“We know that the soul is spiritual, but we haven’t the least idea of what spirit is. We have a very imperfect grasp of what matter is, and it’s impossible for us to have a clear idea of anything that isn’t matter. Knowing very little about things that affect our senses, we cannot, unaided, know anything about what is out of the reach of the senses. We transfer certain words from our ordinary language into the depths of metaphysics and theology, to give ourselves some faint idea of things that we cannot conceive of or express; we try to prop ourselves up with these words, so as to maintain if we can our feeble understanding in these unknown regions.”

Chapter 18:

“A government has the right to punish men’s errors if they are crimes; they are crimes only when they disturb society; they do that when they engender fanaticism; so men must avoid fanaticism if they are to deserve tolerance.”

Chapter 20:

“When men do not have not sound notions of the Divinity, false ideas will take their place; just as in times of poverty those who have no genuine money make do with counterfeit. The pagan feared to commit a crime lest he should be punished by false gods; the Hindu fears being punished by his Pagoda. Wherever there is a settled society, religion is necessary. The laws take care of open crimes; religion watches secret crimes. But once men have come to embrace a pure and holy religion, superstition becomes not merely useless but very dangerous. We must not feed on acorns those to whom God offers bread. Superstition is to religion what astrology is to astronomy—the very foolish daughter of a very wise mother. These two daughters have for too long dominated the earth.”

Chapter 22:

“One does not need great art and skillful eloquence to prove that Christians ought to tolerate each other—indeed, to regard all men as brothers. What? my brother the Turk? my brother the Chinese? the Jew? Emphatically yes; are we not all children of the same Father, creatures of the same God? But these people ←16 | 17→despise us and regard us as idolaters! Well, I’ll tell them that they are quite wrong. It seems to me that I might at least shake the stubborn pride of a Mohammedan or a Buddhist priest by saying to them something like this:

This little globe, which is but a point, travels in space like many other globes; we are lost in this immensity. Man, about five feet high, is certainly a small thing in the created universe. One of these imperceptible beings says to some of his neighbors, in Arabia or South Africa: ‘Listen to me, for the God of all these worlds has enlightened me. There are nine hundred million little ants like us on the earth, but my ant-hill is the only one dear to God. He is horrified by all the others, to eternity; mine alone will be happy, and all the others will be eternally miserable.’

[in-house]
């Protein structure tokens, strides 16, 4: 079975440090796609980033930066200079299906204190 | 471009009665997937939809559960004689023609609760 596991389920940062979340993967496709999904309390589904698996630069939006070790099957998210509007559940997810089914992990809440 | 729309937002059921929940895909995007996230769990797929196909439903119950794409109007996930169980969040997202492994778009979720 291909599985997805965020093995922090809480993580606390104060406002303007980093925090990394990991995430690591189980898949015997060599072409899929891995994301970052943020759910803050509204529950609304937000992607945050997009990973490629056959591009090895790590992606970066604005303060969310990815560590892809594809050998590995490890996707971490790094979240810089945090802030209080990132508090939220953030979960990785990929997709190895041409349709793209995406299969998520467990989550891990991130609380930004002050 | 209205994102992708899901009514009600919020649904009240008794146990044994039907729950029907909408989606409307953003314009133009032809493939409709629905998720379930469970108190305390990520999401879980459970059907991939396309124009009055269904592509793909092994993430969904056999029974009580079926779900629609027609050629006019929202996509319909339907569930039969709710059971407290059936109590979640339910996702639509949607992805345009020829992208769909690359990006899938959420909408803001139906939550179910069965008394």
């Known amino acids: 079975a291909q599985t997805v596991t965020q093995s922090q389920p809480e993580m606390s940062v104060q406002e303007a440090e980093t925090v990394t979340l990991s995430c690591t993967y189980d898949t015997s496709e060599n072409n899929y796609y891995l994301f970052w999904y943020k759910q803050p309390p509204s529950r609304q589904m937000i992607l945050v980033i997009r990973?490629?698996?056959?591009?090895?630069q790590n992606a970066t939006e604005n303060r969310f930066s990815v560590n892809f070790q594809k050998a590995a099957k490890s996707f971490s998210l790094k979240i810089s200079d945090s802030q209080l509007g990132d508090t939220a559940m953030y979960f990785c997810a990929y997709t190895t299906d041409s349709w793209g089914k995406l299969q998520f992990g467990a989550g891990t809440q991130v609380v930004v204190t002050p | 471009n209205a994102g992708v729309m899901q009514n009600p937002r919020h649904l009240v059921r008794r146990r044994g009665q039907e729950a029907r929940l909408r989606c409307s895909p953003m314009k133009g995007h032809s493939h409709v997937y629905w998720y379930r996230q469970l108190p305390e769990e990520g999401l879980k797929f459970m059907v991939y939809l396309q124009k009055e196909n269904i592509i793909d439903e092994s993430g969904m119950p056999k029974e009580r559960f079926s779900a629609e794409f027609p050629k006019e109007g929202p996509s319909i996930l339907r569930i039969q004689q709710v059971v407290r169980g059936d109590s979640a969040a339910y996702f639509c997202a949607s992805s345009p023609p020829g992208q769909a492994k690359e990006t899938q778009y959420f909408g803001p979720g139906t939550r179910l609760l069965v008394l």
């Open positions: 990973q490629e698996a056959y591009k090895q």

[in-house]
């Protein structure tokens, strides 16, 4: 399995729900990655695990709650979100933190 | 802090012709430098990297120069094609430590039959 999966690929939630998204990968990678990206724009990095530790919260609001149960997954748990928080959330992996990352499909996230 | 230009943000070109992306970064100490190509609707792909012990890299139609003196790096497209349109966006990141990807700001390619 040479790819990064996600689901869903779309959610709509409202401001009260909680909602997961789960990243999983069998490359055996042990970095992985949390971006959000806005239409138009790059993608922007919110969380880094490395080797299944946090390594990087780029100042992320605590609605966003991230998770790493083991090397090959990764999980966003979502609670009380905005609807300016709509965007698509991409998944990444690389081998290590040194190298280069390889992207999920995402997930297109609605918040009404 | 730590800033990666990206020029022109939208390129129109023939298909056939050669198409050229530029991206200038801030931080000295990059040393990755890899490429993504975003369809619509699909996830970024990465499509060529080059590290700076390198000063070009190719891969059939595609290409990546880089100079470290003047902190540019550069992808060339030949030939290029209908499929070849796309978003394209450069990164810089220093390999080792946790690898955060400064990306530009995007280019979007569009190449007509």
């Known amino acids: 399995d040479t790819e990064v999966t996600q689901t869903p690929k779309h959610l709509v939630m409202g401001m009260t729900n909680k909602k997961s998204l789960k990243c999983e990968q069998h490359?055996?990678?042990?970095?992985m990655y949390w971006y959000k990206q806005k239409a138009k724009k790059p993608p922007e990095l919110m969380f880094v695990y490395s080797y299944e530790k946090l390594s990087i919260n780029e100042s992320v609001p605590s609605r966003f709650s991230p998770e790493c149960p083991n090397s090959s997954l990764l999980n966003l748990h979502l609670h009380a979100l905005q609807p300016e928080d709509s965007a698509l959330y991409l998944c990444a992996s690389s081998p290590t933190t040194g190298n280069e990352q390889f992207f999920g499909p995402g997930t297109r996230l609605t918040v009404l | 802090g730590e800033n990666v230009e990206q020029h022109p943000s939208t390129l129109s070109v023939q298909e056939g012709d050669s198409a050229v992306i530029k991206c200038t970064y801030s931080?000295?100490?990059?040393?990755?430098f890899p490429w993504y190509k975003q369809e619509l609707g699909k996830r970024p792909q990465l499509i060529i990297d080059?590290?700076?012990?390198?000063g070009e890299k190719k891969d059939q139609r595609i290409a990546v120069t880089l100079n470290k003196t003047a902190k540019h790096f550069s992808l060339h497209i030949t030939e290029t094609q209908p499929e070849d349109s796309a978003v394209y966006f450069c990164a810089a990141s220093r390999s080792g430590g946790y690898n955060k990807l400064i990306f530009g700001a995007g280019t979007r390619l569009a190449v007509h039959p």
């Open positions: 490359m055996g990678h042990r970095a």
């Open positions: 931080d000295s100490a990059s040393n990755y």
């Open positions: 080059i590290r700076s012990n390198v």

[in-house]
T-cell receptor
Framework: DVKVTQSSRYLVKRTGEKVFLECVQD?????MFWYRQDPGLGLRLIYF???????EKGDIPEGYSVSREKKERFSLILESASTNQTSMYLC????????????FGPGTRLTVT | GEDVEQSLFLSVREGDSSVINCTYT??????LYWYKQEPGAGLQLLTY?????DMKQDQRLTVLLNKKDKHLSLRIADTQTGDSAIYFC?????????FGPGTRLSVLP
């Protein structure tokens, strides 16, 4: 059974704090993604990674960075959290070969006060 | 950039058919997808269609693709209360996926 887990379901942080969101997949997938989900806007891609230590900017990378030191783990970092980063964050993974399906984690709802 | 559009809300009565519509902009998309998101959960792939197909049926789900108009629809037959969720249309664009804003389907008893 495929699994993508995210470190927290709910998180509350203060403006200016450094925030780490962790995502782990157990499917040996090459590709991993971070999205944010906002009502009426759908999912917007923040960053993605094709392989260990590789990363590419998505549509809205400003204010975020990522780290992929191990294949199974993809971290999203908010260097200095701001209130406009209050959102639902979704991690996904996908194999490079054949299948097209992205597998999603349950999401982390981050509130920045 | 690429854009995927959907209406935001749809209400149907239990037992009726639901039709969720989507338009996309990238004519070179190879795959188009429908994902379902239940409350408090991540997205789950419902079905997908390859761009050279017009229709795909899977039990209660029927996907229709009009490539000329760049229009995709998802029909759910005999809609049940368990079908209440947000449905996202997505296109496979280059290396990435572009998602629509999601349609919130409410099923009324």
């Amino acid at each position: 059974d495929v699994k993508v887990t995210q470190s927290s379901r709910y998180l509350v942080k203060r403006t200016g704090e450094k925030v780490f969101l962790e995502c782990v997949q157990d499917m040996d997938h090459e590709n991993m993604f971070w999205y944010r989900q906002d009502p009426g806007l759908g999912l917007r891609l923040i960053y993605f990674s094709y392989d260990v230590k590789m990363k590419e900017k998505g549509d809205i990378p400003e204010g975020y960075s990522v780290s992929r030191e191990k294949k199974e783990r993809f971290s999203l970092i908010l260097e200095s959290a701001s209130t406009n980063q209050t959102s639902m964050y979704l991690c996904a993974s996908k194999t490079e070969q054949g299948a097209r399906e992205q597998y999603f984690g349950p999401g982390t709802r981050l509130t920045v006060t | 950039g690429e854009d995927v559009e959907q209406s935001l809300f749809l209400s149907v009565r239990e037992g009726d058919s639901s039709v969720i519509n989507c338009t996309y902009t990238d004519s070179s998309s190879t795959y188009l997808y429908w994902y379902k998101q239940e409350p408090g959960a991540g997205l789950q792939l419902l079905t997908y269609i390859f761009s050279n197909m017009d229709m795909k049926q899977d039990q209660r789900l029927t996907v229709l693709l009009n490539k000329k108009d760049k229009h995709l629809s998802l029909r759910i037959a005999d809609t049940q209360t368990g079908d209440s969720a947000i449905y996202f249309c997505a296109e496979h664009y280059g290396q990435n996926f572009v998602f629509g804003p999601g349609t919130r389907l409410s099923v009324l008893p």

They would then interrupt me, and ask who was the fool that talked this nonsense. I should be obliged to reply ‘It was you’. I would then try to calm them down, which would be difficult.”

Chapter 23:

“May all men remember that they are brothers! May they abhor the tyranny over souls, as they execrate the thievery that takes by force the fruits of peaceful industry! And if the scourge of war is inevitable, let us not mutually hate and destroy each other in the midst of peace; but rather make use of the moment of our existence to join in praising, in a thousand different languages, from Siam to California, the goodness of you who gave us this moment!”

There are many more texts published during the age of Enlightenment and beyond, and Voltaire appears to be one of the leading spokespersons. Nevertheless, he was certainly not the first or the last one to address tolerance.5

Dignitatis Humanae

From here, let us take a huge jump to the late twentieth century. Surprisingly, one of the most powerful statements promoting tolerance was issued by the Catholic Church in 1965, published at the end of the Second Vatican ←17 | 18→Council, by Pope VI, on December 7, 1965. Considering that this statement comes from this highly influential institution, which has often been accused of intolerance throughout the centuries, it is worth considering several passages from this Declaration on Religious Freedom: Dignitatis humanae. On the Right of the Person and of Communities to Social and Civil Freedom in Matters Religious Promulgated by His Holiness Pope Paul VI. Even though this text anthology focuses on the pre-modern world, I have deliberately chosen a rather long excerpt because it reflects quite powerfully how much the Catholic Church has changed or is willing today to move away from its own medieval position, when it promoted crusades, fought against heretics, Jews, Muslims, and all other non-Christians:

1. “. . . . Religious freedom, in turn, which men demand as necessary to fulfill their duty to worship God, has to do with immunity from coercion in civil society. Therefore it leaves untouched traditional Catholic doctrine on the moral duty of men and societies toward the true religion and toward the one Church of Christ.

2. This Vatican Council declares that the human person has a right to religious freedom. This freedom means that all men are to be immune from coercion on the part of individuals or of social groups and of any human power, in such wise that no one is to be forced to act in a manner contrary to his own beliefs, whether privately or publicly, whether alone or in association with others, within due limits.